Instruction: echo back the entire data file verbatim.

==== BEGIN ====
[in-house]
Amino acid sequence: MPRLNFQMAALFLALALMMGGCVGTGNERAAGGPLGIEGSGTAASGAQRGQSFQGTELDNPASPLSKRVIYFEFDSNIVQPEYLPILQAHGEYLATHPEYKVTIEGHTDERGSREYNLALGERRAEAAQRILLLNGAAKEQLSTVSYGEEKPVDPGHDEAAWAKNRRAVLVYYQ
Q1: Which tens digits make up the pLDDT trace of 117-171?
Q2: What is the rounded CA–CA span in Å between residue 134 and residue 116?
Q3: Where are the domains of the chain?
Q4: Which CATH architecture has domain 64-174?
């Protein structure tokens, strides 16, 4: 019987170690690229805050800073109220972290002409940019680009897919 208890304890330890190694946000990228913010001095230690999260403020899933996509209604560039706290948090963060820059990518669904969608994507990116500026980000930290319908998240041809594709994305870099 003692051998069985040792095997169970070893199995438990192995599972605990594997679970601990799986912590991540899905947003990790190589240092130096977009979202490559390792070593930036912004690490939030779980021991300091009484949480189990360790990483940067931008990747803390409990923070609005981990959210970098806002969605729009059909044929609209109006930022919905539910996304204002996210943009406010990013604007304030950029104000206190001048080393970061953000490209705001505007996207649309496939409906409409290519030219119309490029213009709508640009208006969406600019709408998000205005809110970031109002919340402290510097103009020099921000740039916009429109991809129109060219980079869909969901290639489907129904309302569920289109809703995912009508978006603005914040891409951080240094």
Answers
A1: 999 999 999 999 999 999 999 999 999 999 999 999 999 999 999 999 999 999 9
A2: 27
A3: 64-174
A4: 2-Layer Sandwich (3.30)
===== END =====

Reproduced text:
[in-house]
Amino acid sequence: MPRLNFQMAALFLALALMMGGCVGTGNERAAGGPLGIEGSGTAASGAQRGQSFQGTELDNPASPLSKRVIYFEFDSNIVQPEYLPILQAHGEYLATHPEYKVTIEGHTDERGSREYNLALGERRAEAAQRILLLNGAAKEQLSTVSYGEEKPVDPGHDEAAWAKNRRAVLVYYQ
Q1: Which tens digits make up the pLDDT trace of 117-171?
Q2: What is the rounded CA–CA span in Å between residue 134 and residue 116?
Q3: Where are the domains of the chain?
Q4: Which CATH architecture has domain 64-174?
């Protein structure tokens, strides 16, 4: 019987170690690229805050800073109220972290002409940019680009897919 208890304890330890190694946000990228913010001095230690999260403020899933996509209604560039706290948090963060820059990518669904969608994507990116500026980000930290319908998240041809594709994305870099 003692051998069985040792095997169970070893199995438990192995599972605990594997679970601990799986912590991540899905947003990790190589240092130096977009979202490559390792070593930036912004690490939030779980021991300091009484949480189990360790990483940067931008990747803390409990923070609005981990959210970098806002969605729009059909044929609209109006930022919905539910996304204002996210943009406010990013604007304030950029104000206190001048080393970061953000490209705001505007996207649309496939409906409409290519030219119309490029213009709508640009208006969406600019709408998000205005809110970031109002919340402290510097103009020099921000740039916009429109991809129109060219980079869909969901290639489907129904309302569920289109809703995912009508978006603005914040891409951080240094």
Answers
A1: 999 999 999 999 999 999 999 999 999 999 999 999 999 999 999 999 999 999 9
A2: 27
A3: 64-174
A4: 2-Layer Sandwich (3.30)